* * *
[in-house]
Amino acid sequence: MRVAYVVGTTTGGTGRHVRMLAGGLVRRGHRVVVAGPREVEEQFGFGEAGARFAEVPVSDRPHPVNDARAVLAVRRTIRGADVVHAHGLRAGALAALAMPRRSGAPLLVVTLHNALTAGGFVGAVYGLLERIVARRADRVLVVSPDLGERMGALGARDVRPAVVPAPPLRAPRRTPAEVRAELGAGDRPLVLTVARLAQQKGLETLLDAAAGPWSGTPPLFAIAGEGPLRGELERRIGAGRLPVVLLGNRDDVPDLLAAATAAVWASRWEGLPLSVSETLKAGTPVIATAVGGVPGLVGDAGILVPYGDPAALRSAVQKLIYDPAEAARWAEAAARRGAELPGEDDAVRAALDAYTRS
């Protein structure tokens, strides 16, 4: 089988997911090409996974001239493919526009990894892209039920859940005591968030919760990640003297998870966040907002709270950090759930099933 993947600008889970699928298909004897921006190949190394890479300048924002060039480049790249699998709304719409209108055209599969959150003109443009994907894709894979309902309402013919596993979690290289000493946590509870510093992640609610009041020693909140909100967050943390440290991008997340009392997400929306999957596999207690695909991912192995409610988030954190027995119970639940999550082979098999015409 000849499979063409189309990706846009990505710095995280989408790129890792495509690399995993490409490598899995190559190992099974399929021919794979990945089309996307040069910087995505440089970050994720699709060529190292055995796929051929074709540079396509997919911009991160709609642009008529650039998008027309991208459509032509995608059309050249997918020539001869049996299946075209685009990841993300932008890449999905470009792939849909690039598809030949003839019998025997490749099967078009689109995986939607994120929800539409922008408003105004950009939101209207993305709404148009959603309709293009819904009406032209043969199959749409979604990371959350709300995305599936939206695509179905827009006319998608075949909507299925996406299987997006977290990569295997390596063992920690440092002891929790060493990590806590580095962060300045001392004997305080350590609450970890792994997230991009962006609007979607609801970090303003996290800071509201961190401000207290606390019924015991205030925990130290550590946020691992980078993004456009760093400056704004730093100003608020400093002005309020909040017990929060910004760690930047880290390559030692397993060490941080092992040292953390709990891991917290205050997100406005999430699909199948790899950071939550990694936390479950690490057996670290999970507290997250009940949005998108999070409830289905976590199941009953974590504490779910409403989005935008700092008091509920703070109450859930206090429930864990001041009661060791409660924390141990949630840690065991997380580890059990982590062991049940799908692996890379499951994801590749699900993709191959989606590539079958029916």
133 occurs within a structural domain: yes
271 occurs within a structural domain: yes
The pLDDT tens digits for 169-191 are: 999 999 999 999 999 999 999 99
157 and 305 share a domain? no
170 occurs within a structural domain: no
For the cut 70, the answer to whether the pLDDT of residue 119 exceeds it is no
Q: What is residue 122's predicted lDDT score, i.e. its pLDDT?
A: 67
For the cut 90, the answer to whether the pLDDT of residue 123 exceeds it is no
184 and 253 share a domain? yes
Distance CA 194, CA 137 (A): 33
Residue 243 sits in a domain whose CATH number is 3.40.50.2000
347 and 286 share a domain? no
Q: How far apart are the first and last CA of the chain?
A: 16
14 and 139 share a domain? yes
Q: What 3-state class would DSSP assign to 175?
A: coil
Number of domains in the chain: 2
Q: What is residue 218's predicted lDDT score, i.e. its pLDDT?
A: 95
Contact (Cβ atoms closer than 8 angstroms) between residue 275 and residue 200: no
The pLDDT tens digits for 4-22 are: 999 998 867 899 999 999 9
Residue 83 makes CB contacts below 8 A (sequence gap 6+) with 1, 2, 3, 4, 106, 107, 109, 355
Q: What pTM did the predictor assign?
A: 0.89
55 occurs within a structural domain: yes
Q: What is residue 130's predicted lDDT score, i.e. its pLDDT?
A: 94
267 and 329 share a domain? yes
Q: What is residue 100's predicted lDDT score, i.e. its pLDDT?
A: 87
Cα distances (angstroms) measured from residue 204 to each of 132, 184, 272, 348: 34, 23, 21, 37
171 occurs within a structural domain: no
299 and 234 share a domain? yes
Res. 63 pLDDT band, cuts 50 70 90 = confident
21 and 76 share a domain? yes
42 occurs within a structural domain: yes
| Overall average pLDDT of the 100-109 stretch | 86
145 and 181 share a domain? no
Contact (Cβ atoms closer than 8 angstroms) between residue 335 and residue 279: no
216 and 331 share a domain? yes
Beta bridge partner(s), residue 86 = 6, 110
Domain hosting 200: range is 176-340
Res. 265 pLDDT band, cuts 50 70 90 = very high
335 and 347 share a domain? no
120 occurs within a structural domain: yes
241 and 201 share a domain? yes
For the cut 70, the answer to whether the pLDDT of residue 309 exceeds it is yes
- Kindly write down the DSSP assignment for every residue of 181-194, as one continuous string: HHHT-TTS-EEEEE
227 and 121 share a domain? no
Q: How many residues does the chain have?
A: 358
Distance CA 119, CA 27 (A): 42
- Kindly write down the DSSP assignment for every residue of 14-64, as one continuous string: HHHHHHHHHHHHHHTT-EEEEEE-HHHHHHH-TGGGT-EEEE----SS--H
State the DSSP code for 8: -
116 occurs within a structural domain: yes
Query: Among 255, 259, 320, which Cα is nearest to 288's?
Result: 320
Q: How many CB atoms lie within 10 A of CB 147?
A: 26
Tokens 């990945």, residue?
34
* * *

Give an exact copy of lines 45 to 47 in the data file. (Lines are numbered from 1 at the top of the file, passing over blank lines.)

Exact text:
216 and 331 share a domain? yes
Beta bridge partner(s), residue 86 = 6, 110
Domain hosting 200: range is 176-340